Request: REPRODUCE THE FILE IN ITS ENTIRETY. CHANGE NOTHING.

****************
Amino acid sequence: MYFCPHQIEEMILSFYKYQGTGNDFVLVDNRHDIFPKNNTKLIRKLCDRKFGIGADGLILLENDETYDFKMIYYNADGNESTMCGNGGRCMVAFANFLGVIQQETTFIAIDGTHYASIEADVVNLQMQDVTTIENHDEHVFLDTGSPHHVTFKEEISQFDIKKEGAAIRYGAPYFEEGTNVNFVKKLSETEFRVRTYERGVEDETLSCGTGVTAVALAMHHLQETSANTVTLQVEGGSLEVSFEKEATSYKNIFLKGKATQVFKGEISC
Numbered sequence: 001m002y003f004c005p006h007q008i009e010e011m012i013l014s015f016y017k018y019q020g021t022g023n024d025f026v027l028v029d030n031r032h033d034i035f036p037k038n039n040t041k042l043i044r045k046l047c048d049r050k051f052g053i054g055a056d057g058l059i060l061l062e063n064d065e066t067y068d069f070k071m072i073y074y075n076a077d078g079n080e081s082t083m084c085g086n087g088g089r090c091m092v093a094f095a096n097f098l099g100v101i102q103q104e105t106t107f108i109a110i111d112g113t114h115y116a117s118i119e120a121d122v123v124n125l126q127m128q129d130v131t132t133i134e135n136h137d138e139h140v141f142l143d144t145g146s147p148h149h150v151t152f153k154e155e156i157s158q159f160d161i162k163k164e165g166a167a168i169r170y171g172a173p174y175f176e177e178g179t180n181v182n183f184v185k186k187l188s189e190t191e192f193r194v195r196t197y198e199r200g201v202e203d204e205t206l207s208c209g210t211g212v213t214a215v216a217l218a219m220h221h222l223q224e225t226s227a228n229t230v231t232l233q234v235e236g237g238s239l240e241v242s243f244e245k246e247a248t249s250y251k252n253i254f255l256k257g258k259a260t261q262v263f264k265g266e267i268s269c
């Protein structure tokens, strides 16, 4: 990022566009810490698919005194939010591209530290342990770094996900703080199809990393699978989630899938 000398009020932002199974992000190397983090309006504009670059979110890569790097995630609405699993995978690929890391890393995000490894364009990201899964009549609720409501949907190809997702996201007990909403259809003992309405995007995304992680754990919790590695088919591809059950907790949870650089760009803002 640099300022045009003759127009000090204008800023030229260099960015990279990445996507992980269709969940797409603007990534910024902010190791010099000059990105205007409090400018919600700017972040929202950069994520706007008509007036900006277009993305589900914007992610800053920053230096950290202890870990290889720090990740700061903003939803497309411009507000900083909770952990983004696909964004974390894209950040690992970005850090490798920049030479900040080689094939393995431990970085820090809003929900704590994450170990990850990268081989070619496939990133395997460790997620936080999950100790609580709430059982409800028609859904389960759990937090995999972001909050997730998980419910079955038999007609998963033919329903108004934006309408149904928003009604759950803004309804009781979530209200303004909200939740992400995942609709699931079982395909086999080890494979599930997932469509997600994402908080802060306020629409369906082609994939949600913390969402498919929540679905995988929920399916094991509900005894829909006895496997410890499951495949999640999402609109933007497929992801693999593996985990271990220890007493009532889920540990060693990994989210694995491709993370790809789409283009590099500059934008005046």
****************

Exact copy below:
Amino acid sequence: MYFCPHQIEEMILSFYKYQGTGNDFVLVDNRHDIFPKNNTKLIRKLCDRKFGIGADGLILLENDETYDFKMIYYNADGNESTMCGNGGRCMVAFANFLGVIQQETTFIAIDGTHYASIEADVVNLQMQDVTTIENHDEHVFLDTGSPHHVTFKEEISQFDIKKEGAAIRYGAPYFEEGTNVNFVKKLSETEFRVRTYERGVEDETLSCGTGVTAVALAMHHLQETSANTVTLQVEGGSLEVSFEKEATSYKNIFLKGKATQVFKGEISC
Numbered sequence: 001m002y003f004c005p006h007q008i009e010e011m012i013l014s015f016y017k018y019q020g021t022g023n024d025f026v027l028v029d030n031r032h033d034i035f036p037k038n039n040t041k042l043i044r045k046l047c048d049r050k051f052g053i054g055a056d057g058l059i060l061l062e063n064d065e066t067y068d069f070k071m072i073y074y075n076a077d078g079n080e081s082t083m084c085g086n087g088g089r090c091m092v093a094f095a096n097f098l099g100v101i102q103q104e105t106t107f108i109a110i111d112g113t114h115y116a117s118i119e120a121d122v123v124n125l126q127m128q129d130v131t132t133i134e135n136h137d138e139h140v141f142l143d144t145g146s147p148h149h150v151t152f153k154e155e156i157s158q159f160d161i162k163k164e165g166a167a168i169r170y171g172a173p174y175f176e177e178g179t180n181v182n183f184v185k186k187l188s189e190t191e192f193r194v195r196t197y198e199r200g201v202e203d204e205t206l207s208c209g210t211g212v213t214a215v216a217l218a219m220h221h222l223q224e225t226s227a228n229t230v231t232l233q234v235e236g237g238s239l240e241v242s243f244e245k246e247a248t249s250y251k252n253i254f255l256k257g258k259a260t261q262v263f264k265g266e267i268s269c
């Protein structure tokens, strides 16, 4: 990022566009810490698919005194939010591209530290342990770094996900703080199809990393699978989630899938 000398009020932002199974992000190397983090309006504009670059979110890569790097995630609405699993995978690929890391890393995000490894364009990201899964009549609720409501949907190809997702996201007990909403259809003992309405995007995304992680754990919790590695088919591809059950907790949870650089760009803002 640099300022045009003759127009000090204008800023030229260099960015990279990445996507992980269709969940797409603007990534910024902010190791010099000059990105205007409090400018919600700017972040929202950069994520706007008509007036900006277009993305589900914007992610800053920053230096950290202890870990290889720090990740700061903003939803497309411009507000900083909770952990983004696909964004974390894209950040690992970005850090490798920049030479900040080689094939393995431990970085820090809003929900704590994450170990990850990268081989070619496939990133395997460790997620936080999950100790609580709430059982409800028609859904389960759990937090995999972001909050997730998980419910079955038999007609998963033919329903108004934006309408149904928003009604759950803004309804009781979530209200303004909200939740992400995942609709699931079982395909086999080890494979599930997932469509997600994402908080802060306020629409369906082609994939949600913390969402498919929540679905995988929920399916094991509900005894829909006895496997410890499951495949999640999402609109933007497929992801693999593996985990271990220890007493009532889920540990060693990994989210694995491709993370790809789409283009590099500059934008005046």